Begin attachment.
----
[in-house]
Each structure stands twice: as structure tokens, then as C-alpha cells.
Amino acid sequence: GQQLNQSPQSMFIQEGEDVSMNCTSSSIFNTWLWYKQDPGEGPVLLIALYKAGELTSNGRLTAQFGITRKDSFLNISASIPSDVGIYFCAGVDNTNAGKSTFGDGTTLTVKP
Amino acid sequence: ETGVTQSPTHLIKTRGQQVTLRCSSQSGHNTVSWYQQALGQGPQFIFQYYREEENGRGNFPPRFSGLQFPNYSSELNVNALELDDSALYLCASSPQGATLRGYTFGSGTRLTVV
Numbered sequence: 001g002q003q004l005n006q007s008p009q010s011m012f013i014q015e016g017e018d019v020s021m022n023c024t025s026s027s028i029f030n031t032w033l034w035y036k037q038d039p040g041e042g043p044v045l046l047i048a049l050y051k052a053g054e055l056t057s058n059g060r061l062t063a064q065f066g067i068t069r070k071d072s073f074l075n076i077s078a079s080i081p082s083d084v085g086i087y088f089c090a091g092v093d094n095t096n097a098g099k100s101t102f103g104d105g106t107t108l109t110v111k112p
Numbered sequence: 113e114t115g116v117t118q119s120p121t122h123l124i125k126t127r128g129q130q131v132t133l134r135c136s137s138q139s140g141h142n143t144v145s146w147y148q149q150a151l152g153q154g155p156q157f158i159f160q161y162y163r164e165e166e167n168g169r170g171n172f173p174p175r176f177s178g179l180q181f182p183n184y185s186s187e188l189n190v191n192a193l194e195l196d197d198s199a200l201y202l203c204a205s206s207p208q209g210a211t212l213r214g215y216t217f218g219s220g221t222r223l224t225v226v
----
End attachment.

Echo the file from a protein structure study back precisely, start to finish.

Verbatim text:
[in-house]
Each structure stands twice: as structure tokens, then as C-alpha cells.
Amino acid sequence: GQQLNQSPQSMFIQEGEDVSMNCTSSSIFNTWLWYKQDPGEGPVLLIALYKAGELTSNGRLTAQFGITRKDSFLNISASIPSDVGIYFCAGVDNTNAGKSTFGDGTTLTVKP
Amino acid sequence: ETGVTQSPTHLIKTRGQQVTLRCSSQSGHNTVSWYQQALGQGPQFIFQYYREEENGRGNFPPRFSGLQFPNYSSELNVNALELDDSALYLCASSPQGATLRGYTFGSGTRLTVV
Numbered sequence: 001g002q003q004l005n006q007s008p009q010s011m012f013i014q015e016g017e018d019v020s021m022n023c024t025s026s027s028i029f030n031t032w033l034w035y036k037q038d039p040g041e042g043p044v045l046l047i048a049l050y051k052a053g054e055l056t057s058n059g060r061l062t063a064q065f066g067i068t069r070k071d072s073f074l075n076i077s078a079s080i081p082s083d084v085g086i087y088f089c090a091g092v093d094n095t096n097a098g099k100s101t102f103g104d105g106t107t108l109t110v111k112p
Numbered sequence: 113e114t115g116v117t118q119s120p121t122h123l124i125k126t127r128g129q130q131v132t133l134r135c136s137s138q139s140g141h142n143t144v145s146w147y148q149q150a151l152g153q154g155p156q157f158i159f160q161y162y163r164e165e166e167n168g169r170g171n172f173p174p175r176f177s178g179l180q181f182p183n184y185s186s187e188l189n190v191n192a193l194e195l196d197d198s199a200l201y202l203c204a205s206s207p208q209g210a211t212l213r214g215y216t217f218g219s220g221t222r223l224t225v226v